3. ON THE RESPONSE TO THIS PROJECT… The format of this experiment has very much favoured the Monday posts. I must apologise to Brian and Simon whose contributions went up at the end of the week. Monday posts are launched with an e-mail reaching over 100 people. Many of them click the embedded link and quite a buzz is generated. However, without subscribing to the blog via a blog reading tool such as Google Reader (and only 7 people have done that!), few people are compulsively checking back (that is the preserve of he/she with a personal investment in what’s written there) in subsequent days. Thus, by Friday of each week, the hits have been a quarter of what they were four days previous, as reflected by the number of comments. Not sure what the answer is here – there is a limit to how many emails people want to receive rabbiting on about my ultimately inconsequential blog! Can I nevertheless assure those who posted that many more people have read your work than may seem the case (most readers will never post comments). There have been 1,000 hits on the blog (exactly 1,000, as I write this. Weird…) in June thus far – the vast majority of them attributable to this project. There was a wide general awareness of what had been written when our congregation got together at Revive in Portsmouth over the weekend. I hope you feel it was worth your while because I learned from each post and I’m not alone in having done so.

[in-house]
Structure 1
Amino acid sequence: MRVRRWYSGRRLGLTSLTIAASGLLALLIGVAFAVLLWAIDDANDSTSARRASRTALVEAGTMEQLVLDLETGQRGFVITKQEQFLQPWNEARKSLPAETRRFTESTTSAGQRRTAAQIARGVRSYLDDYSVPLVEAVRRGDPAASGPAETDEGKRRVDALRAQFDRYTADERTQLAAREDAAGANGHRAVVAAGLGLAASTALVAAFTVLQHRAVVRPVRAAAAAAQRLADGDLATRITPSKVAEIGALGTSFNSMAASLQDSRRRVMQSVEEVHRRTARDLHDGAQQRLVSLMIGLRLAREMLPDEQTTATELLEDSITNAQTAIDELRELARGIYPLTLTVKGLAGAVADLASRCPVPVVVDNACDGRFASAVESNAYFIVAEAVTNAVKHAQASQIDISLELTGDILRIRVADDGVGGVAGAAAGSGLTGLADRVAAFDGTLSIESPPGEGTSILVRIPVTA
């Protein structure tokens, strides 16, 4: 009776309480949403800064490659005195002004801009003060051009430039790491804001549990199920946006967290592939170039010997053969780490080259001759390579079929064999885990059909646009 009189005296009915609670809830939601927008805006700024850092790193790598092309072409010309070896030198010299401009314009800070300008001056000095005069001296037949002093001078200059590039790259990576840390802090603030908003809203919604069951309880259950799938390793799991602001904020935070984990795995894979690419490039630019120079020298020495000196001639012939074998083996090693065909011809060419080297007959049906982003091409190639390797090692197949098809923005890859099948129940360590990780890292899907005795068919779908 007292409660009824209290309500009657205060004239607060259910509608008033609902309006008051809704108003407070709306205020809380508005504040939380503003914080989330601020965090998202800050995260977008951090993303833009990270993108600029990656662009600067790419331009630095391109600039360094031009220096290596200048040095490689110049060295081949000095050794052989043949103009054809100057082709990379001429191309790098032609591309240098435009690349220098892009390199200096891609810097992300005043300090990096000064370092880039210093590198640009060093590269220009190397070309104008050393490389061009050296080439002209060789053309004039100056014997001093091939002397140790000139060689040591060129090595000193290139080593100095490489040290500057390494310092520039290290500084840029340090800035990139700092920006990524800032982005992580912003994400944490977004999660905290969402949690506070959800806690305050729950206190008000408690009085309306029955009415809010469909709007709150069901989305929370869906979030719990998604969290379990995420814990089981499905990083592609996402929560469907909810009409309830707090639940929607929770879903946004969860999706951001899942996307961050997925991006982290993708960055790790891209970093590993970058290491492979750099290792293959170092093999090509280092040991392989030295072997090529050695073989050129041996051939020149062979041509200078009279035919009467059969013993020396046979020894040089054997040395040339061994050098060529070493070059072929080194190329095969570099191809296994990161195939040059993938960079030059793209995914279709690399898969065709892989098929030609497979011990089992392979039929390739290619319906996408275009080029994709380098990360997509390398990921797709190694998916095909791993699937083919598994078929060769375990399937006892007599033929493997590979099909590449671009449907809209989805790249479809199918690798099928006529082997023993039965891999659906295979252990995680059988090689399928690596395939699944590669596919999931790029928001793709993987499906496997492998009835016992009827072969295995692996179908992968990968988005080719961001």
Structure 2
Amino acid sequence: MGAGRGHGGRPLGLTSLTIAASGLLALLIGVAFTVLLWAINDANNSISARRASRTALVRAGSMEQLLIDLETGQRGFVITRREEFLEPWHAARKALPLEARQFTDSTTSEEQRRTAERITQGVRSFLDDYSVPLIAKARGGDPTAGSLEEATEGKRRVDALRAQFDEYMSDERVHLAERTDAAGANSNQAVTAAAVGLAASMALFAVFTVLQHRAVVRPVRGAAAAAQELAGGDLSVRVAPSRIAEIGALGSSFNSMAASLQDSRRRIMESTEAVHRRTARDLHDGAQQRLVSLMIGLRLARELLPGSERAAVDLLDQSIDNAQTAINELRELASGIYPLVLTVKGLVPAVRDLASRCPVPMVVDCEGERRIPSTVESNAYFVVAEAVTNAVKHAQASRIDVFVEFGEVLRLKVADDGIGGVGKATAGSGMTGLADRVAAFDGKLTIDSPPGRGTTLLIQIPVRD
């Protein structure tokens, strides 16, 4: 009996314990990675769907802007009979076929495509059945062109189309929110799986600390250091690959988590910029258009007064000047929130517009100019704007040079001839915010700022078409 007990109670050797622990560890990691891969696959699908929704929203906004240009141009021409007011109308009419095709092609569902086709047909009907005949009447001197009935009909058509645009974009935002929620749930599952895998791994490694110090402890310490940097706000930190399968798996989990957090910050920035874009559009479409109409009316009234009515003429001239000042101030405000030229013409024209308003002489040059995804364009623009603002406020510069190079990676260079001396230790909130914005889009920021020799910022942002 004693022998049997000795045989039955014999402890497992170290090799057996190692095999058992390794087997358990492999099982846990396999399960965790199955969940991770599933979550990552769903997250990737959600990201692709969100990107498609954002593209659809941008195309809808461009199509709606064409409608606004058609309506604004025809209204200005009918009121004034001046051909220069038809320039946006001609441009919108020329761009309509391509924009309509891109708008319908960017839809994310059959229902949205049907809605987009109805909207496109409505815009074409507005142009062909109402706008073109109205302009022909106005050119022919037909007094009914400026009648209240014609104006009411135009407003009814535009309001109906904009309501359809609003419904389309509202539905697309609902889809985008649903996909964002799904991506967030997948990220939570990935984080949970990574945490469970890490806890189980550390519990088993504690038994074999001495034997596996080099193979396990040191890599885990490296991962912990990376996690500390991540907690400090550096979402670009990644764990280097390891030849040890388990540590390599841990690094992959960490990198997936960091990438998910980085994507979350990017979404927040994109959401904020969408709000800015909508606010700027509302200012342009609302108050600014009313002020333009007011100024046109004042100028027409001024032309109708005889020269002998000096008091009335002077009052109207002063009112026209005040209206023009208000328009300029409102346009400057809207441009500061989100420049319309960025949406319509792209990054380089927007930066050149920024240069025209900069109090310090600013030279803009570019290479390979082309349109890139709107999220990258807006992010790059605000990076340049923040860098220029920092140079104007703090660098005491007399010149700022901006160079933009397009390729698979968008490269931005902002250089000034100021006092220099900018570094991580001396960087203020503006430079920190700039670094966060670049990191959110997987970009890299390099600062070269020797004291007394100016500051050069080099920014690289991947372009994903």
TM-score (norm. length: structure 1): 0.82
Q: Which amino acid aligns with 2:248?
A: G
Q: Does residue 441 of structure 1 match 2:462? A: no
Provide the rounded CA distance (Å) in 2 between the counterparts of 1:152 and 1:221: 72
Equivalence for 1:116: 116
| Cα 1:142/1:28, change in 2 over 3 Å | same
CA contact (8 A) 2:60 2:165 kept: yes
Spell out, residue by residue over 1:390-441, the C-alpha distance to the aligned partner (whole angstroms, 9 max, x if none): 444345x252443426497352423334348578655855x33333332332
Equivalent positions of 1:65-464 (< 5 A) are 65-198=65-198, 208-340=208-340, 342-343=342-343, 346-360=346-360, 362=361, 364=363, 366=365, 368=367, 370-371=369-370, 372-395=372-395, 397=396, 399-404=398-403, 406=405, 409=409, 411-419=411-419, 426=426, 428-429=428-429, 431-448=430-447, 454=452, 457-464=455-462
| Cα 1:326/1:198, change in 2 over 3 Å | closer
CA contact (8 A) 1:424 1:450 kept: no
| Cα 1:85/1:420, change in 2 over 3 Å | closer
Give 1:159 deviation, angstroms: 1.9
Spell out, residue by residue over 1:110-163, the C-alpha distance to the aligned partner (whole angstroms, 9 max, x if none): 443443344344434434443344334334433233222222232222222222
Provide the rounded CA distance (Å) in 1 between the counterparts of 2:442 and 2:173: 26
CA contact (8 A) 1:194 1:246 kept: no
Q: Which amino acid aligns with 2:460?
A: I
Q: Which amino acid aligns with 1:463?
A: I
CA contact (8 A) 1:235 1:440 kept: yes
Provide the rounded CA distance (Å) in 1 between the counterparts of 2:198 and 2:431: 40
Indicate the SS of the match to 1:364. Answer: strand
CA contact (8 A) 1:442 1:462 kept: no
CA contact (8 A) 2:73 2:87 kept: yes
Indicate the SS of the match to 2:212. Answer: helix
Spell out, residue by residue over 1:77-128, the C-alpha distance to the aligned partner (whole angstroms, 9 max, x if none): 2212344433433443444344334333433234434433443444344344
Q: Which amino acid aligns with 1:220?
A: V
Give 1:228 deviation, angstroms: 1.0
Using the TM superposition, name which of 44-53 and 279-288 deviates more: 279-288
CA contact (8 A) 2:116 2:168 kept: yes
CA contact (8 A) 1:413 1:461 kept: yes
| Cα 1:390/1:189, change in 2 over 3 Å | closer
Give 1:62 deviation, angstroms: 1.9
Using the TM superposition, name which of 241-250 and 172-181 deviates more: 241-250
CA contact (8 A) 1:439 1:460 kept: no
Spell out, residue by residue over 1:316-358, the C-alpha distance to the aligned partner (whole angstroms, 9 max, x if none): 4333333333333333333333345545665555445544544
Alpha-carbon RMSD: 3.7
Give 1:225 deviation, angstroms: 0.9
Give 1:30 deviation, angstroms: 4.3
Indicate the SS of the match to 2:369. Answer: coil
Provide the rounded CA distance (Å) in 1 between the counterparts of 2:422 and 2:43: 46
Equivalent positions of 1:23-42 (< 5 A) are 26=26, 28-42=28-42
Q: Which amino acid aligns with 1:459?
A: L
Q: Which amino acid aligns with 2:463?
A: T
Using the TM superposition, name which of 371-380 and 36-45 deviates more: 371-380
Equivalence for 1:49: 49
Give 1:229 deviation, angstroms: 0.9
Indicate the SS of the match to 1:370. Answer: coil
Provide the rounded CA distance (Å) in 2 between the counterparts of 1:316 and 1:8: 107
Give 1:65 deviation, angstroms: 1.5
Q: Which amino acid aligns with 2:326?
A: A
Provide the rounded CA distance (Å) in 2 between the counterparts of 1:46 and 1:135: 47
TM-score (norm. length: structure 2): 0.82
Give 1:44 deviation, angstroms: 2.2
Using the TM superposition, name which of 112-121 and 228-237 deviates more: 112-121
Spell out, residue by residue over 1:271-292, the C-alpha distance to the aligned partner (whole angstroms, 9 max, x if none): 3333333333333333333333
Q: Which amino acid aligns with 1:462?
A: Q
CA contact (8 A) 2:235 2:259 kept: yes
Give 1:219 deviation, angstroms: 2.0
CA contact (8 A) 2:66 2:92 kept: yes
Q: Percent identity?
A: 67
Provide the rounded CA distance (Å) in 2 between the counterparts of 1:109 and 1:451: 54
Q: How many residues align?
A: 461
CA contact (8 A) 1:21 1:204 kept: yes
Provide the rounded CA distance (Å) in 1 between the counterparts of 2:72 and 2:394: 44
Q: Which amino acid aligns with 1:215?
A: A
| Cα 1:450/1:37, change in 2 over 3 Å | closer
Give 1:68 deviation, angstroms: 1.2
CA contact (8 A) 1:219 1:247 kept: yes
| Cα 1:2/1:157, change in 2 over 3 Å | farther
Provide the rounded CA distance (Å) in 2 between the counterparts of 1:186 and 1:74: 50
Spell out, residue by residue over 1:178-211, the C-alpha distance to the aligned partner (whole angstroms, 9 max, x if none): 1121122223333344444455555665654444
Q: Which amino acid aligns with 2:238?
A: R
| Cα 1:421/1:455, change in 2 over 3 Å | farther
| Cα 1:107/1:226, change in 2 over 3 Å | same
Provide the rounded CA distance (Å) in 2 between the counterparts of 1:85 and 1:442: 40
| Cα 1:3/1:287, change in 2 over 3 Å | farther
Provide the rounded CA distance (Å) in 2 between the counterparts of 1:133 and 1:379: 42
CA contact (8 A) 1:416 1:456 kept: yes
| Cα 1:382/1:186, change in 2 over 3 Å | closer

4. WHAT’S NEXT? I will revert to posting my own thoughts on living in the world as a man for God (ie the normal blog). However, things will go quiet in a week or two as my second job as an A Level exam marker kicks in, meaning I work almost every hour of the day and night. If I do post during that time then rebuke me; the few minutes I can spare should be spent catching up with my wife. If I’m writing on here I’m just procrastinating and putting off my responsibilities in an ungodly fashion! Following that, in another attempt to keep things interesting, I will approach a few interesting people in positions of responsibility for a planned series of interviews (digging out my student journalist past!) to post here – looking at the challenges they face, what drives them and the advice they can offer us along the way. Thanks for your support!

Guest ‘Week’ Part 6: UNITING CHURCH